The prime minister also met Chairman of the Chinese People's Political Consultative Conference Jia Qinglin at the Great Hall of the People. "Various trade and economic projects which had come under discussion during my meeting with the Premier of the State Council, Wen Jiabao, were reviewed.
For instance, we discussed the Thar coal project. We also talked about the Saindak Gold and Copper Project. Mr Jia Qinglin and I agreed on enhancing people-to-people contact between Pakistan and China. We also fine-tuned the student exchange visit programme," he said.
Mr Aziz was upbeat about his meeting with the Vice-Premier of the State Council, Ms Wu Yi, who, he said, was in-charge of all economic projects undertaken by China.
"Our meeting was most fruitful and covered a whole range of economic and trade issues. We were both delighted to see a 30 per cent rise in exports from China to Pakistan. Two-way trade between China and Pakistan from January to October 2004 stands at $2.14 billion.
We talked about the food processing industry in Pakistan. I assured her that we would set an exclusive economic zone for China. But I also advised the Chinese side to export capital apart from goods," the prime minister said.
"Their surpluses are huge and they can easily do this. I also suggested the opening of bank branches in China and her response was positive. We also signed an initial agreement on the quarantine and pest control of the rice crop," he added.
VISIT TO TSINGHUA UNIVERSITY: Earlier on Thursday, Prime Minister Aziz poured scorn on the so-called doctrine of pre-emption in a lecture he delivered at the Tsinghua University. He also lent support to the beleaguered United Nations.
"Today the world is dominated by the only superpower wielding unprecedented military and economic strength. Tendencies of unilateral action, assertion of doctrine of pre-emption and indifference to multi-lateralism are trends that undermine the UN Charter.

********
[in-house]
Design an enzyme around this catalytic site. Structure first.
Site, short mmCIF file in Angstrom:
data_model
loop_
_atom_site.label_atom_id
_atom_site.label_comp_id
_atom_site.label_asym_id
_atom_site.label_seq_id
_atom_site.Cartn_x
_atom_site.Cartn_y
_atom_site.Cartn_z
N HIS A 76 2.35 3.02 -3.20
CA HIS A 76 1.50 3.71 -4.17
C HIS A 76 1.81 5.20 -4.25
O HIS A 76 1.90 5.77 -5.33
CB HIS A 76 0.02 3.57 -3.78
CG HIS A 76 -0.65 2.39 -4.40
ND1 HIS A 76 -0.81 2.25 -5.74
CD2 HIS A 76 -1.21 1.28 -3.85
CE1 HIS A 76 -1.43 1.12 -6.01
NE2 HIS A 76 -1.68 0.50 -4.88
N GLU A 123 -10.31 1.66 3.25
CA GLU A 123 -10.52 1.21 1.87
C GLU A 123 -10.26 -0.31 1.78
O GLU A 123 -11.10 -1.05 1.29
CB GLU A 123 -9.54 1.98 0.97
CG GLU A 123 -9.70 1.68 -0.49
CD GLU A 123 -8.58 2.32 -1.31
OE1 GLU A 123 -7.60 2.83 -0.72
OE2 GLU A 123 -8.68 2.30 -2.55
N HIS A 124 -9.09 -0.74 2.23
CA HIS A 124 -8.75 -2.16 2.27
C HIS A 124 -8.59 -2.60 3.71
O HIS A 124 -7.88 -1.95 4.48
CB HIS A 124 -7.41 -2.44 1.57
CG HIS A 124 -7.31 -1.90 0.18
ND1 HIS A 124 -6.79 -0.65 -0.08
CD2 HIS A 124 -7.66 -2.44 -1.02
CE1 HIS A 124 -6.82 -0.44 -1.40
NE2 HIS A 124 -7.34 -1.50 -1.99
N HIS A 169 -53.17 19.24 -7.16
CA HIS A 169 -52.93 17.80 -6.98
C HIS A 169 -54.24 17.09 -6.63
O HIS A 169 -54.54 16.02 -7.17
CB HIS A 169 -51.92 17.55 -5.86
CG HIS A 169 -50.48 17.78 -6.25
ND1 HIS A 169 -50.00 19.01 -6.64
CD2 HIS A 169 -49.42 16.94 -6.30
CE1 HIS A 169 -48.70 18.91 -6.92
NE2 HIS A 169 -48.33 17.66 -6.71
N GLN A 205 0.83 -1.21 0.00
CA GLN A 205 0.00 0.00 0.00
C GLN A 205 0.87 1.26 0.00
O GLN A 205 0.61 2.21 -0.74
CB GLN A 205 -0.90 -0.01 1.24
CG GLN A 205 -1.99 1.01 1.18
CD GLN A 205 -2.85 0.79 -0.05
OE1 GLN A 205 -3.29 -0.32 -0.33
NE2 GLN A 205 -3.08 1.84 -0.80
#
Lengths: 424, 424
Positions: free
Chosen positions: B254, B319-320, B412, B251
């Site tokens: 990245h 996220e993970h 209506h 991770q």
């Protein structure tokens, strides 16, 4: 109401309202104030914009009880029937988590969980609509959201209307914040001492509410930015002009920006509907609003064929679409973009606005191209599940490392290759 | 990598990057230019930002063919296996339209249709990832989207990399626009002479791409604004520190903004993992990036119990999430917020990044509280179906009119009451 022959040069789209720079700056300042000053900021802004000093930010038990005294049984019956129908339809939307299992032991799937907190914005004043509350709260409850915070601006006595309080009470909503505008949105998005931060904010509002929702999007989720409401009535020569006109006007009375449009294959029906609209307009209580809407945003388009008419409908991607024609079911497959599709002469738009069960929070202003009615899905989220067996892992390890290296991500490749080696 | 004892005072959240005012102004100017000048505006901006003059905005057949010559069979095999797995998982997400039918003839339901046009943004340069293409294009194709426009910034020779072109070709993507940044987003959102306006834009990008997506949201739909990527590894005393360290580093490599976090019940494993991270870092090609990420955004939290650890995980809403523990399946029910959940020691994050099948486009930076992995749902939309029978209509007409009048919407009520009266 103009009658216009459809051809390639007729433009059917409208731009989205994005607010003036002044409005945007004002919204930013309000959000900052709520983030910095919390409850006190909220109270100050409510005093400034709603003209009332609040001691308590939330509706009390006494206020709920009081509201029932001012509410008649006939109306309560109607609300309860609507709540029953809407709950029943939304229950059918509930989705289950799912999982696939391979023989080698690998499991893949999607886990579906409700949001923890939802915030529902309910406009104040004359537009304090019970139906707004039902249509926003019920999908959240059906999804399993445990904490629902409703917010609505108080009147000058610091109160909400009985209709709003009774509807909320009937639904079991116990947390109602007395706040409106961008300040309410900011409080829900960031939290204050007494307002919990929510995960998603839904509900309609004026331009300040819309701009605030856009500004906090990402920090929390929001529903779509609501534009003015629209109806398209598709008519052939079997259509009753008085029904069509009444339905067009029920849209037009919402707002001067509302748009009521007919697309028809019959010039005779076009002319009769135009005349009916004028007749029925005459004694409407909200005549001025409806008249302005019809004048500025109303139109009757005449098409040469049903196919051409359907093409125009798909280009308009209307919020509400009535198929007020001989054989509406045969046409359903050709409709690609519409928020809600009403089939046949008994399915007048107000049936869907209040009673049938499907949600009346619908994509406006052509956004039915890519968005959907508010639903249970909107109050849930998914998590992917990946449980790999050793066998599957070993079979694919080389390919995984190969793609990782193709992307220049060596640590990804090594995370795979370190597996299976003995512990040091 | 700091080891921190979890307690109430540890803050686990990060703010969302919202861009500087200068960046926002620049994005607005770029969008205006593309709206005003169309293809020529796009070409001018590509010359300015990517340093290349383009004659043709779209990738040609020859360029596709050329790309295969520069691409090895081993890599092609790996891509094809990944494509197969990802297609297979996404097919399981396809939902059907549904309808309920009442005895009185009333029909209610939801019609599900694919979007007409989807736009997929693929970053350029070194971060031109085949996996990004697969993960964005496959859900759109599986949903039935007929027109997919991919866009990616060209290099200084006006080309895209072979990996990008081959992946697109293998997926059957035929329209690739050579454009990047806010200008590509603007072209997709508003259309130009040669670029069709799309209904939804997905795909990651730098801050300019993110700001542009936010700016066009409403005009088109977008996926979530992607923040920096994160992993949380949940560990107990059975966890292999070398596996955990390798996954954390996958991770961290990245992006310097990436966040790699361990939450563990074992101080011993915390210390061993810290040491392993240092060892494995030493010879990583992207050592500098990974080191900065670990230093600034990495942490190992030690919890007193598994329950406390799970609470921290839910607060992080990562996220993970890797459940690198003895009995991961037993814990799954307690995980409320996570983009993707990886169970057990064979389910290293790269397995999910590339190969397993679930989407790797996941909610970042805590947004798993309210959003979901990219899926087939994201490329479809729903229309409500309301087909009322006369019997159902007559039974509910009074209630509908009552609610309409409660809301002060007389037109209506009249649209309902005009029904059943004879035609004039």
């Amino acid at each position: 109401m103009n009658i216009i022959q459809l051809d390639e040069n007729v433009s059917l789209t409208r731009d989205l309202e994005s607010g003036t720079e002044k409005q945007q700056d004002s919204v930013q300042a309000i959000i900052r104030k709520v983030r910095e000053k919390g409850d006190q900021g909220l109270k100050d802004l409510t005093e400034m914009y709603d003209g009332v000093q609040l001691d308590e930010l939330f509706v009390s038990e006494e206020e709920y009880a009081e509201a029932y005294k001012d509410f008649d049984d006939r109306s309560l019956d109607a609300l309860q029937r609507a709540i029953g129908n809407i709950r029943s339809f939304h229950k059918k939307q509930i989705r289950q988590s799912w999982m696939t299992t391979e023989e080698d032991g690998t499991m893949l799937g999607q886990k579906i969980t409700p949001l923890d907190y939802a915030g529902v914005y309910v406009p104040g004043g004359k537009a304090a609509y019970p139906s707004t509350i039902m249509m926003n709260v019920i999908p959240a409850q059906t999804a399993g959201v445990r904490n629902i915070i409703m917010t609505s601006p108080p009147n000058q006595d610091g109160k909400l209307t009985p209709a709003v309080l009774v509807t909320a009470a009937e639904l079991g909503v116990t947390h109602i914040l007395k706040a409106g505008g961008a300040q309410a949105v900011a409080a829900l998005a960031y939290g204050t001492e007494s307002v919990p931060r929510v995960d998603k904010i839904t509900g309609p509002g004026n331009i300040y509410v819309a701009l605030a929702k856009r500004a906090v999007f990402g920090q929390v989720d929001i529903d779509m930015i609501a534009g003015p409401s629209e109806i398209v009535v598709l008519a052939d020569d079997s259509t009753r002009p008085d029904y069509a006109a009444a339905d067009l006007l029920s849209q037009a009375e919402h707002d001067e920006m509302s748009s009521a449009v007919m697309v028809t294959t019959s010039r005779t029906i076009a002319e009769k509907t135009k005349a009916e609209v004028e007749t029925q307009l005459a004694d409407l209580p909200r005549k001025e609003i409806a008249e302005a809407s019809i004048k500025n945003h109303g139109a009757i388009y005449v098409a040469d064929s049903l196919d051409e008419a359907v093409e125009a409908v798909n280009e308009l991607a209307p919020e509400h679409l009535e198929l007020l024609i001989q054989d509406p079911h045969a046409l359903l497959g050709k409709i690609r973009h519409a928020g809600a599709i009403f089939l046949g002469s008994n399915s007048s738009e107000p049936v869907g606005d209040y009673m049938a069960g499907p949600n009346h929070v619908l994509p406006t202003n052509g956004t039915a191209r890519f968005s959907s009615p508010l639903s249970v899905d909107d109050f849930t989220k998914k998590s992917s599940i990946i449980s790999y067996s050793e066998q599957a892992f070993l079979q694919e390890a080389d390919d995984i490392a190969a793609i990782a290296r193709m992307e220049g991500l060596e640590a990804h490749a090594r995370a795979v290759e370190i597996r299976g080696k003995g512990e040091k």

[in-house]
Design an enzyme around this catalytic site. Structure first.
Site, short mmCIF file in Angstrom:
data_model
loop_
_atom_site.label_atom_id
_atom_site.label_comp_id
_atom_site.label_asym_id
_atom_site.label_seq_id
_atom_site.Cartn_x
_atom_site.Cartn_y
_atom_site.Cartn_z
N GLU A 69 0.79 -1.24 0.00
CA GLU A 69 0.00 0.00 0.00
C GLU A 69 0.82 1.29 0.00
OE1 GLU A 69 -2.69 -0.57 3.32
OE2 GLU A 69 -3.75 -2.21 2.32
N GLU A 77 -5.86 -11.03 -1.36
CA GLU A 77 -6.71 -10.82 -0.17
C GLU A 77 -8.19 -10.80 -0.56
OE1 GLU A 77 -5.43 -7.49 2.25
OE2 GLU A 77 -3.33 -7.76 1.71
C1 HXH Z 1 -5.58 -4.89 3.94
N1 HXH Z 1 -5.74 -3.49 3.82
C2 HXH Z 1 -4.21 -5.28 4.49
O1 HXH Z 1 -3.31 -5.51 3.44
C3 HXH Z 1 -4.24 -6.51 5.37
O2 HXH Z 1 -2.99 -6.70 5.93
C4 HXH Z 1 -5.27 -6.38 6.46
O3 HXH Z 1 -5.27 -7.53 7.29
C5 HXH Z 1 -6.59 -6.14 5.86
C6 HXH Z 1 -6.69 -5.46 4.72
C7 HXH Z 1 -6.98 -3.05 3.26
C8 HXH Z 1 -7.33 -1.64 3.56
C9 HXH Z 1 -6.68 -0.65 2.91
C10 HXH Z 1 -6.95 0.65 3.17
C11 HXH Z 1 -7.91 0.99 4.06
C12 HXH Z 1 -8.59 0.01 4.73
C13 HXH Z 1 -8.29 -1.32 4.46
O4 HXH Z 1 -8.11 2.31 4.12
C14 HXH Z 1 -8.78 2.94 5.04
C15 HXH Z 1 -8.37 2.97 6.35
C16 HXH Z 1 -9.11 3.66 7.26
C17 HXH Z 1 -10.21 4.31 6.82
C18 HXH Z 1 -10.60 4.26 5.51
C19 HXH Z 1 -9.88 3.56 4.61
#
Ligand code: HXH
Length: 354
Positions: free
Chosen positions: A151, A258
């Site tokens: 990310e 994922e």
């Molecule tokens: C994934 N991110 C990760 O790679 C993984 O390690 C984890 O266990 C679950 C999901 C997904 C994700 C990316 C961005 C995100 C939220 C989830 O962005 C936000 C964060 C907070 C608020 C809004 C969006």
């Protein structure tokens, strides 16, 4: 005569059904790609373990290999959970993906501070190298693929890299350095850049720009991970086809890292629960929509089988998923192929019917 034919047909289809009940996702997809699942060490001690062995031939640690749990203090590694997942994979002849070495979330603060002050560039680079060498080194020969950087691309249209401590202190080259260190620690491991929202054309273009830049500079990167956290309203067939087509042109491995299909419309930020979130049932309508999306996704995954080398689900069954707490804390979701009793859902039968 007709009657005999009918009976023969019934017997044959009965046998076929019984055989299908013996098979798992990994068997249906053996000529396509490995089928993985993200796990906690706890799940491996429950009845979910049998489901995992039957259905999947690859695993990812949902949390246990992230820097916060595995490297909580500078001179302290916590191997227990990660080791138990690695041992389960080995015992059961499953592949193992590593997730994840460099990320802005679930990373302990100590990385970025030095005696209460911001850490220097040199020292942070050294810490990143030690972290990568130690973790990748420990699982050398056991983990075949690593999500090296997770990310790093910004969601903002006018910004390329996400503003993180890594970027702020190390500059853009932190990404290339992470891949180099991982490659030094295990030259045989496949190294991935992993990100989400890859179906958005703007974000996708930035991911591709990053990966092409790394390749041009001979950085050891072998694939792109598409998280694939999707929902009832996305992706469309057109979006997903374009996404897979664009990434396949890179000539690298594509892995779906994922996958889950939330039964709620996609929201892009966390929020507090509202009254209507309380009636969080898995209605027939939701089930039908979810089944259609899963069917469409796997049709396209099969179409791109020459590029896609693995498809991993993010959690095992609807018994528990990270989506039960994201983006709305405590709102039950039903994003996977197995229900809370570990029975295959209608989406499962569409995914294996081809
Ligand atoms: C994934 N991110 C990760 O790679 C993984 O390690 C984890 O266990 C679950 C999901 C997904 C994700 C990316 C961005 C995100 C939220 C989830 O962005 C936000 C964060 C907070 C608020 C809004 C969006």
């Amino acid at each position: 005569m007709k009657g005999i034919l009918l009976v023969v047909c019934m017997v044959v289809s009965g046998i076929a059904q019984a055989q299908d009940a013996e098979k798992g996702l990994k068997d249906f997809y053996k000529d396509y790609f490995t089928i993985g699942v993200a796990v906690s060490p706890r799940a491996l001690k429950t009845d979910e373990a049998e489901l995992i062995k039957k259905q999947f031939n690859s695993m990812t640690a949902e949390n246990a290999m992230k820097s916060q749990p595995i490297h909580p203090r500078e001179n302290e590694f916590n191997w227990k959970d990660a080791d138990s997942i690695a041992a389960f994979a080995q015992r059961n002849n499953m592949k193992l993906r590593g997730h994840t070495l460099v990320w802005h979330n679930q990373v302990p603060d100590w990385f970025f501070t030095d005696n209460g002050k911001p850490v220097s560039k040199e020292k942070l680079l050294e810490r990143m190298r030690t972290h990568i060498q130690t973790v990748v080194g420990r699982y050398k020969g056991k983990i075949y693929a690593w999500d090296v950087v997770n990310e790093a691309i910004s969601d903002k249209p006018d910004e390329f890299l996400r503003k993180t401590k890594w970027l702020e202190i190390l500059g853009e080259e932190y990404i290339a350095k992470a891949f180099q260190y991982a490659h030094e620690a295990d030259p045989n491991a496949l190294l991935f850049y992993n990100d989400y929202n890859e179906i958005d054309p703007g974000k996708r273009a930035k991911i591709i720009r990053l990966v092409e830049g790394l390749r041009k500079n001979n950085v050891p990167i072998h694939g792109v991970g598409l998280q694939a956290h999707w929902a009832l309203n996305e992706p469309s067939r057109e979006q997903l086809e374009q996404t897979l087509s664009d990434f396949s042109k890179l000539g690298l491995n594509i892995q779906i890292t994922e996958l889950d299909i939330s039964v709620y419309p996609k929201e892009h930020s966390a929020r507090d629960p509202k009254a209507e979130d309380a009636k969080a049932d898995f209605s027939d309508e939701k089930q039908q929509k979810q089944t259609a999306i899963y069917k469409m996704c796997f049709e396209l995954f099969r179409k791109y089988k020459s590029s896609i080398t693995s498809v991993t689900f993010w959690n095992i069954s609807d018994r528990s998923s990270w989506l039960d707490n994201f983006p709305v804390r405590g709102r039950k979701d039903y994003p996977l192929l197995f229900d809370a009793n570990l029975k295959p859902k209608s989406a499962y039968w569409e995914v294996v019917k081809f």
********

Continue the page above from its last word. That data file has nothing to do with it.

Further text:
They must be firmly discouraged. Deviation from UN principles would be a recipe for anarchy and lawlessness. The experience of Iraq demonstrates the importance of multi-lateral approach that must be strengthened respecting the political primacy of the United States.
Major countries, including China, that are often seen as the emerging centres of global power have a responsibility in this regard," he said. Mr Aziz also called for an equitable and just economic order. "The phenomenon of globalization must be directed to the greater benefit of all regions of the world.
No country or region must suffer international indifference and neglect. Failure to share prosperity can become costly. And at the same time, developing countries should demonstrate good governance and transparency so as to leverage their full potential," he said.
Late in the evening, Prime Minister Aziz flew to the Chinese port city of Shanghai to attend a business conference and lay the foundation stone of the consulate general of Pakistan.
On Friday the prime minister will hold talks with 10 top chief executives of China at a meeting arranged by the chairman of the Chinese Confederation of Enterprises, Chen Jinhua.